Ecology research important to coastal sustainability
What happens to smooth cordgrass when there’s an explosion in numbers of salt marsh periwinkle snails?
And why is the abundance of cordgrass important to communities along the East Coast?
“The well being of our salt marshes is vital to the sustainability of our local estuary ecosystem and our quality of life,” said Biology Professor Danny Gustafson.
Smooth cordgrass (Spartina alterniflora) is the lifeblood of the salt marsh. And salt marshes play a vital role in the sustainability of coastal communities, acting as buffers during heavy storms, filtering pollutants in runoff water and providing a nursery for marine animals like shrimp, sea trout, flounder and red drum.
The research conducted by Gustafson and fellow Biology Professor Joel Gramling along with several students is important to estuary management. Diamondback terrapin and blue crabs, which feed on the snails, are a popular catch for commercial fisherman and recreational enthusiasts. When they’re overfished or their populations are reduced, the salt marsh periwinkle snail population spirals out of control and negatively affects the grass.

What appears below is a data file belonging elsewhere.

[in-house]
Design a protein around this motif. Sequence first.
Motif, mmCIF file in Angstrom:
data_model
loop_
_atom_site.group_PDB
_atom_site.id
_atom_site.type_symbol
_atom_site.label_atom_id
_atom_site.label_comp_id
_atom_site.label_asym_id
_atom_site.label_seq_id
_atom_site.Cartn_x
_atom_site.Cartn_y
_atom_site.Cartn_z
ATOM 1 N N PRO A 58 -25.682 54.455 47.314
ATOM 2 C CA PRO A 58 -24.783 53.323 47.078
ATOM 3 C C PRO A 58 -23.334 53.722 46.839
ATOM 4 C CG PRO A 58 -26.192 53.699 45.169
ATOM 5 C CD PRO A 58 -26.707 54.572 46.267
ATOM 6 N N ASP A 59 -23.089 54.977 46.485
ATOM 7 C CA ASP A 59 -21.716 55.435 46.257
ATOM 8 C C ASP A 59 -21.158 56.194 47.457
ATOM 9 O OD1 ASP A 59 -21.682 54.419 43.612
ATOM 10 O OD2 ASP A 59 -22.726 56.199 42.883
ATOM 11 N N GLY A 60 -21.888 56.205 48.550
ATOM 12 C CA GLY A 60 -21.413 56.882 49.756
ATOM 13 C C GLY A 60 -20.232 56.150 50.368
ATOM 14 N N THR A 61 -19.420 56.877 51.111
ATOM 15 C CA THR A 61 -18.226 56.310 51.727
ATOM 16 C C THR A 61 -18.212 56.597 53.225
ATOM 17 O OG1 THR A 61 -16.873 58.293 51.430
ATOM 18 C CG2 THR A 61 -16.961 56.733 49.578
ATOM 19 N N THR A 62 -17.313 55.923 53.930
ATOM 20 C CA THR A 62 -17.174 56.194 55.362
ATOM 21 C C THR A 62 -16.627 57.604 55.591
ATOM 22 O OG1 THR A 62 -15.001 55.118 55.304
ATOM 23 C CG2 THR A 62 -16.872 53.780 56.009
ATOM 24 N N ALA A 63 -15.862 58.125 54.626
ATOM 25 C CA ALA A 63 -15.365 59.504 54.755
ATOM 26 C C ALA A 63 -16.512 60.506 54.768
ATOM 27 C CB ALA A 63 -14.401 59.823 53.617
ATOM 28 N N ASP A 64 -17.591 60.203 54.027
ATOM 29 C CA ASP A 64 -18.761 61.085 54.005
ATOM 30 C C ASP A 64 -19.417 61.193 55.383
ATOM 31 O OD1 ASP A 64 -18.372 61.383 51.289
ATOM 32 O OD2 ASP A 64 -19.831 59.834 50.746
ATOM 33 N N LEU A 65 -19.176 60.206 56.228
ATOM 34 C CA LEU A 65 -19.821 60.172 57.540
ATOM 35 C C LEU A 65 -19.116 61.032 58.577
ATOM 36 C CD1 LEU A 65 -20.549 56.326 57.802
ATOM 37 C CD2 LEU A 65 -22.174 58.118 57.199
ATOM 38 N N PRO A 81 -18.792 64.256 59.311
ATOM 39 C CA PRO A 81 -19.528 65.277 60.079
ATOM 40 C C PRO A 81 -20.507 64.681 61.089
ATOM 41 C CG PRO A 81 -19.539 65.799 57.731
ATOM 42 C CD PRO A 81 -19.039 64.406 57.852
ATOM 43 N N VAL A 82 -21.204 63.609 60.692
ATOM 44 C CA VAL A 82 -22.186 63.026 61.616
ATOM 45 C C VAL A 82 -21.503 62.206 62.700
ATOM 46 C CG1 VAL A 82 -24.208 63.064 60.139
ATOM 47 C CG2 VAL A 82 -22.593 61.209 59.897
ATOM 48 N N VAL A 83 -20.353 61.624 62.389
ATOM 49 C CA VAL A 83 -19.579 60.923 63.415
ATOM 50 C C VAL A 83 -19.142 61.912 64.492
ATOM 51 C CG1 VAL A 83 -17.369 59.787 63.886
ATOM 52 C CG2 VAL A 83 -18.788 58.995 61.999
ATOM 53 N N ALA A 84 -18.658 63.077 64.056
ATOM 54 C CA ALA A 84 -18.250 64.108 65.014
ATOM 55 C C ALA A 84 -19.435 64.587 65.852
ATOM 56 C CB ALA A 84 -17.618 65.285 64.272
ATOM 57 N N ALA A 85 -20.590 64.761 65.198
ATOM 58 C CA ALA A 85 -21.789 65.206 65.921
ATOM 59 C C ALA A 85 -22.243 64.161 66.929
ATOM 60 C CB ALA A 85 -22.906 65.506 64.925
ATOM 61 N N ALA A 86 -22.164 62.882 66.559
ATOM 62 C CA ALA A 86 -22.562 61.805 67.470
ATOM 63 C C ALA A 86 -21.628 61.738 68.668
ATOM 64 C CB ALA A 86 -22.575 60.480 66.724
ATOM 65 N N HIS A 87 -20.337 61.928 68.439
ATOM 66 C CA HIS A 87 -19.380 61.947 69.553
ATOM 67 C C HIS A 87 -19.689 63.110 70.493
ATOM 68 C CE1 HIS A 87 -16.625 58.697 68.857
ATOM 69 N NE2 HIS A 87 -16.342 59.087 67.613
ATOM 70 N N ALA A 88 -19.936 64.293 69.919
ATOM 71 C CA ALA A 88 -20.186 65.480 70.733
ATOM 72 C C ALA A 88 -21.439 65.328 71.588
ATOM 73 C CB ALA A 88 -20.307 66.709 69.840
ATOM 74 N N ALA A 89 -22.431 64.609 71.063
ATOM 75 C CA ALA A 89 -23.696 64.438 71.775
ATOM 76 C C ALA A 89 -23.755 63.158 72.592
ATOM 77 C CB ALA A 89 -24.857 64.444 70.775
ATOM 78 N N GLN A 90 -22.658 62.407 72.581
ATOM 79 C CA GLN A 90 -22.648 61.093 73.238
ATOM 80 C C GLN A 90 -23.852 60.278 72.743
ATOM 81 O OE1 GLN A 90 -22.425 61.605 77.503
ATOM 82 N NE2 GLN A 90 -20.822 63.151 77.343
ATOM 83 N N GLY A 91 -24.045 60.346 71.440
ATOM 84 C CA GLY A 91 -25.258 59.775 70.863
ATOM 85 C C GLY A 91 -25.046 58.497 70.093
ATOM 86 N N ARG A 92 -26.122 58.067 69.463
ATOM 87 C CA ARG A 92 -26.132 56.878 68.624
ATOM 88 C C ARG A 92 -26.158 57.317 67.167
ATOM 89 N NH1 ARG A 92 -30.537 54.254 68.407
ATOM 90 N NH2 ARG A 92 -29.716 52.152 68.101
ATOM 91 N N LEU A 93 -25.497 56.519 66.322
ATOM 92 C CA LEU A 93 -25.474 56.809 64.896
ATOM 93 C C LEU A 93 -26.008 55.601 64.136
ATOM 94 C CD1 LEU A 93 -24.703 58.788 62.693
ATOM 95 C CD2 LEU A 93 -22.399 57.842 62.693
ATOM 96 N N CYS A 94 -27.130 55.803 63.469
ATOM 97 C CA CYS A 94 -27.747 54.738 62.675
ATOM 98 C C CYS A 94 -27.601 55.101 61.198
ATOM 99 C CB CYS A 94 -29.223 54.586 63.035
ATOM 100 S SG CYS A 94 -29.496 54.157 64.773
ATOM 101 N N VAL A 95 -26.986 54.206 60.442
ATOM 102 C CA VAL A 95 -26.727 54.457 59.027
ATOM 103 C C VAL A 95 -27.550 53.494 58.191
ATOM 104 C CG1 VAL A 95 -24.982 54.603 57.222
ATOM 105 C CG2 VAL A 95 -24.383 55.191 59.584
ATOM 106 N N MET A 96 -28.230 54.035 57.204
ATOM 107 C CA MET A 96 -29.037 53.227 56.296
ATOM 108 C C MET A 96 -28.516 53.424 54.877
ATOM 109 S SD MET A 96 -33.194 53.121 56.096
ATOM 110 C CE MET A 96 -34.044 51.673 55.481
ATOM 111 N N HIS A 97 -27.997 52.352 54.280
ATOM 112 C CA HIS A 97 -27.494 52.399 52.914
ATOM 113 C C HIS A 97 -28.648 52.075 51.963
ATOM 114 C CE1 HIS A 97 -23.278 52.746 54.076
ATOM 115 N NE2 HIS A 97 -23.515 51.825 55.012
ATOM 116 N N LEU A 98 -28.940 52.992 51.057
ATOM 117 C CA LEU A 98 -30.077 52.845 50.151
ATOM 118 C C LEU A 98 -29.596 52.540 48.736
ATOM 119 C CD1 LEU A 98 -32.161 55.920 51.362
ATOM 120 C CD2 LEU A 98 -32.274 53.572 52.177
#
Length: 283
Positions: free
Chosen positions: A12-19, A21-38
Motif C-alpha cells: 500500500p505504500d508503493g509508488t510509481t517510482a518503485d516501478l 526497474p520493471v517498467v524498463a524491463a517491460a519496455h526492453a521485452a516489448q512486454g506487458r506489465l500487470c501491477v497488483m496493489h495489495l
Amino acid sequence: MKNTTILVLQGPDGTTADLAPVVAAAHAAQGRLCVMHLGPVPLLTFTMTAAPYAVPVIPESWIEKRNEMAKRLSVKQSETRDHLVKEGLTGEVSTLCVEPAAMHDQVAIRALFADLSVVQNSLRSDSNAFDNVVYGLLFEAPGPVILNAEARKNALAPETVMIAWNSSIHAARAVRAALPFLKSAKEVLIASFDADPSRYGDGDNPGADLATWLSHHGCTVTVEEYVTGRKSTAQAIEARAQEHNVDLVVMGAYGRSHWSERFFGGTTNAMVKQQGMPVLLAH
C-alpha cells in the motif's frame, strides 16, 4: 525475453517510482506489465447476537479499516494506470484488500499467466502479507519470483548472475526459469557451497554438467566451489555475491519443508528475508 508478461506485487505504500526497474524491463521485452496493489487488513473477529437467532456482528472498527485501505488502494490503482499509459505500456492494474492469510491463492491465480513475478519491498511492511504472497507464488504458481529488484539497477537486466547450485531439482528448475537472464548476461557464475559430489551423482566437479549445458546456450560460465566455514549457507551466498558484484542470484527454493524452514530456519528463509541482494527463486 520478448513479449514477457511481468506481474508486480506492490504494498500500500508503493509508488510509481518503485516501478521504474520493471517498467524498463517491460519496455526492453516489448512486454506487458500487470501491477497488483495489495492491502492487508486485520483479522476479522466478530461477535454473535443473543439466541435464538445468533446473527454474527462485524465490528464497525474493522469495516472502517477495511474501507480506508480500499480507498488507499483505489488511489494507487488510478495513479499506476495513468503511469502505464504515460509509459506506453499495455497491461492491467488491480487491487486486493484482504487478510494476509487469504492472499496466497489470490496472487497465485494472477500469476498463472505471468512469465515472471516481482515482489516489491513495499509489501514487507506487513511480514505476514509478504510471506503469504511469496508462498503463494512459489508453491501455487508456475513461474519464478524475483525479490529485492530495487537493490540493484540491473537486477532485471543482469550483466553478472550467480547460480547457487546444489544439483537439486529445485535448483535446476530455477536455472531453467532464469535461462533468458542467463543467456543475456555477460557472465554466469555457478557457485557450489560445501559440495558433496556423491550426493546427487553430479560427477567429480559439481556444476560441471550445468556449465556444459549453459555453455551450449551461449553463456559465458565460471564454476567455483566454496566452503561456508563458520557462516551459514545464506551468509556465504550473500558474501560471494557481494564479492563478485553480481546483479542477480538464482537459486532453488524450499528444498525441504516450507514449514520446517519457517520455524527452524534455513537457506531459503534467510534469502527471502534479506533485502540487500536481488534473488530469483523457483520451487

Exclusion snail cages that keep snails from the grass were set up by Gustafson and his team to conduct the research in several different areas of marsh, including right here at The Citadel. Cadets Alex Anderson and Steven Urgelles conducted much of the field work during this six-month experiment by checking the sites every two weeks and recording data.
The research concluded in November 2010 and the findings were analyzed. The results were clear—smooth cordgrass is negatively impacted by an over abundance of salt marsh periwinkle snails.
Gustafson uses this ecological research as a teaching tool in his classes.
“We go out and survey snails and plants to measure snail damage in our marshes on campus, linking research with education,” said Gustafson.